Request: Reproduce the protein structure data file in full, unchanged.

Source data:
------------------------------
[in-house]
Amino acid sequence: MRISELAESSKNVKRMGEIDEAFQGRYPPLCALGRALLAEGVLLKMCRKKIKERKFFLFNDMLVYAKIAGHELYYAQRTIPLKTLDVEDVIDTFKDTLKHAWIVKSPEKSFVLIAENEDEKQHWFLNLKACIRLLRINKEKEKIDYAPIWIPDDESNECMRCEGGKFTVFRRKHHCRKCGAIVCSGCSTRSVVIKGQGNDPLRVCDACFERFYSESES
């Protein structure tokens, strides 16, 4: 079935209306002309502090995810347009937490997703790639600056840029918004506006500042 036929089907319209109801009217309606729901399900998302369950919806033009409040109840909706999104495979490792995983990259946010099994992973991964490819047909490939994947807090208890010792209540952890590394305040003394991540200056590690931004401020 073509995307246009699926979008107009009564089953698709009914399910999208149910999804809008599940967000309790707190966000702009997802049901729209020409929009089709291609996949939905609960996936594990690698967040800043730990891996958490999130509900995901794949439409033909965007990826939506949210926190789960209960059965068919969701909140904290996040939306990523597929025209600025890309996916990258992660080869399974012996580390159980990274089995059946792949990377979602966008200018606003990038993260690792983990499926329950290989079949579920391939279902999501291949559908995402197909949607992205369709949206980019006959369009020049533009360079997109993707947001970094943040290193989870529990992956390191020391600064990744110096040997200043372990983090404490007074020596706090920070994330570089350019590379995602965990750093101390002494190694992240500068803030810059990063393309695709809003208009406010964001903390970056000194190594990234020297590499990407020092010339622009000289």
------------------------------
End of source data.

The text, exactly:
[in-house]
Amino acid sequence: MRISELAESSKNVKRMGEIDEAFQGRYPPLCALGRALLAEGVLLKMCRKKIKERKFFLFNDMLVYAKIAGHELYYAQRTIPLKTLDVEDVIDTFKDTLKHAWIVKSPEKSFVLIAENEDEKQHWFLNLKACIRLLRINKEKEKIDYAPIWIPDDESNECMRCEGGKFTVFRRKHHCRKCGAIVCSGCSTRSVVIKGQGNDPLRVCDACFERFYSESES
């Protein structure tokens, strides 16, 4: 079935209306002309502090995810347009937490997703790639600056840029918004506006500042 036929089907319209109801009217309606729901399900998302369950919806033009409040109840909706999104495979490792995983990259946010099994992973991964490819047909490939994947807090208890010792209540952890590394305040003394991540200056590690931004401020 073509995307246009699926979008107009009564089953698709009914399910999208149910999804809008599940967000309790707190966000702009997802049901729209020409929009089709291609996949939905609960996936594990690698967040800043730990891996958490999130509900995901794949439409033909965007990826939506949210926190789960209960059965068919969701909140904290996040939306990523597929025209600025890309996916990258992660080869399974012996580390159980990274089995059946792949990377979602966008200018606003990038993260690792983990499926329950290989079949579920391939279902999501291949559908995402197909949607992205369709949206980019006959369009020049533009360079997109993707947001970094943040290193989870529990992956390191020391600064990744110096040997200043372990983090404490007074020596706090920070994330570089350019590379995602965990750093101390002494190694992240500068803030810059990063393309695709809003208009406010964001903390970056000194190594990234020297590499990407020092010339622009000289």